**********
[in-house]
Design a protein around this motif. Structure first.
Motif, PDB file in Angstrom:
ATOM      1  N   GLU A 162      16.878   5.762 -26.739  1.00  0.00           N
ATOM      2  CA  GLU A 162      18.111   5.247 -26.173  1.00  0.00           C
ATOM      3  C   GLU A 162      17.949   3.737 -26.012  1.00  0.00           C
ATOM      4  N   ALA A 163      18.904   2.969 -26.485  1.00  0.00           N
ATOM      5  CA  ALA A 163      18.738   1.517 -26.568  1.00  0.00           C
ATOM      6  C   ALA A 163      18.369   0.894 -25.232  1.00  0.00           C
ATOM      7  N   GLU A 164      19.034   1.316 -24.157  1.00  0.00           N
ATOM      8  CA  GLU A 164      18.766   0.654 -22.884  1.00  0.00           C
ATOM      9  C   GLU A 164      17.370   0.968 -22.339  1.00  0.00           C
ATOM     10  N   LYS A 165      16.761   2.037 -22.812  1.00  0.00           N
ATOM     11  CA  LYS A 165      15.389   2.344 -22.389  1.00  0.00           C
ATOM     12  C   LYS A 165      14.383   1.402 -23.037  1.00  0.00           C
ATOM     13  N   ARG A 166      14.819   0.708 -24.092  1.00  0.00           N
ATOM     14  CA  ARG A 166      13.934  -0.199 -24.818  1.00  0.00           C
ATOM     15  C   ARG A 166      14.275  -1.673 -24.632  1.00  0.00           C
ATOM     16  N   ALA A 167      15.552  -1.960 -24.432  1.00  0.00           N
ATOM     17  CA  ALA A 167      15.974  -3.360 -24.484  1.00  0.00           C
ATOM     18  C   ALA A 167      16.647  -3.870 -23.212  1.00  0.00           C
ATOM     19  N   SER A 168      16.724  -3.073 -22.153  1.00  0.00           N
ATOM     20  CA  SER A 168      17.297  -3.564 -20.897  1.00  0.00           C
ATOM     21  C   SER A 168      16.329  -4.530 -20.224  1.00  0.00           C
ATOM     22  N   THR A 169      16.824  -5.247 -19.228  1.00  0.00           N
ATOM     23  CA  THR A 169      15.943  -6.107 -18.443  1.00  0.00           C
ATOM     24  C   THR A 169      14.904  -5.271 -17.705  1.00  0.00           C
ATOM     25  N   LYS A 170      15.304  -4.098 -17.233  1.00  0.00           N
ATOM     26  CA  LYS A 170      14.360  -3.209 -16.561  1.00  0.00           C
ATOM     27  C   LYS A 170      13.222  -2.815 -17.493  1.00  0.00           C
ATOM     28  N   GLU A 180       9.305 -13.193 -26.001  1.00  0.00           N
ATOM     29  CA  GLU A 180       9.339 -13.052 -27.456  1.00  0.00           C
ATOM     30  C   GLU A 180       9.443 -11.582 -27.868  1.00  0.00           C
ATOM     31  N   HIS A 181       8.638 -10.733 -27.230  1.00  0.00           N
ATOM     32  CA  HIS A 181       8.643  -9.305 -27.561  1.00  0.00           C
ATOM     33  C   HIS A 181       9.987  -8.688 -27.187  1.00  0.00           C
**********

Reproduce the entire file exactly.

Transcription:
[in-house]
Design a protein around this motif. Structure first.
Motif, PDB file in Angstrom:
ATOM      1  N   GLU A 162      16.878   5.762 -26.739  1.00  0.00           N
ATOM      2  CA  GLU A 162      18.111   5.247 -26.173  1.00  0.00           C
ATOM      3  C   GLU A 162      17.949   3.737 -26.012  1.00  0.00           C
ATOM      4  N   ALA A 163      18.904   2.969 -26.485  1.00  0.00           N
ATOM      5  CA  ALA A 163      18.738   1.517 -26.568  1.00  0.00           C
ATOM      6  C   ALA A 163      18.369   0.894 -25.232  1.00  0.00           C
ATOM      7  N   GLU A 164      19.034   1.316 -24.157  1.00  0.00           N
ATOM      8  CA  GLU A 164      18.766   0.654 -22.884  1.00  0.00           C
ATOM      9  C   GLU A 164      17.370   0.968 -22.339  1.00  0.00           C
ATOM     10  N   LYS A 165      16.761   2.037 -22.812  1.00  0.00           N
ATOM     11  CA  LYS A 165      15.389   2.344 -22.389  1.00  0.00           C
ATOM     12  C   LYS A 165      14.383   1.402 -23.037  1.00  0.00           C
ATOM     13  N   ARG A 166      14.819   0.708 -24.092  1.00  0.00           N
ATOM     14  CA  ARG A 166      13.934  -0.199 -24.818  1.00  0.00           C
ATOM     15  C   ARG A 166      14.275  -1.673 -24.632  1.00  0.00           C
ATOM     16  N   ALA A 167      15.552  -1.960 -24.432  1.00  0.00           N
ATOM     17  CA  ALA A 167      15.974  -3.360 -24.484  1.00  0.00           C
ATOM     18  C   ALA A 167      16.647  -3.870 -23.212  1.00  0.00           C
ATOM     19  N   SER A 168      16.724  -3.073 -22.153  1.00  0.00           N
ATOM     20  CA  SER A 168      17.297  -3.564 -20.897  1.00  0.00           C
ATOM     21  C   SER A 168      16.329  -4.530 -20.224  1.00  0.00           C
ATOM     22  N   THR A 169      16.824  -5.247 -19.228  1.00  0.00           N
ATOM     23  CA  THR A 169      15.943  -6.107 -18.443  1.00  0.00           C
ATOM     24  C   THR A 169      14.904  -5.271 -17.705  1.00  0.00           C
ATOM     25  N   LYS A 170      15.304  -4.098 -17.233  1.00  0.00           N
ATOM     26  CA  LYS A 170      14.360  -3.209 -16.561  1.00  0.00           C
ATOM     27  C   LYS A 170      13.222  -2.815 -17.493  1.00  0.00           C
ATOM     28  N   GLU A 180       9.305 -13.193 -26.001  1.00  0.00           N
ATOM     29  CA  GLU A 180       9.339 -13.052 -27.456  1.00  0.00           C
ATOM     30  C   GLU A 180       9.443 -11.582 -27.868  1.00  0.00           C
ATOM     31  N   HIS A 181       8.638 -10.733 -27.230  1.00  0.00           N
ATOM     32  CA  HIS A 181       8.643  -9.305 -27.561  1.00  0.00           C
ATOM     33  C   HIS A 181       9.987  -8.688 -27.187  1.00  0.00           C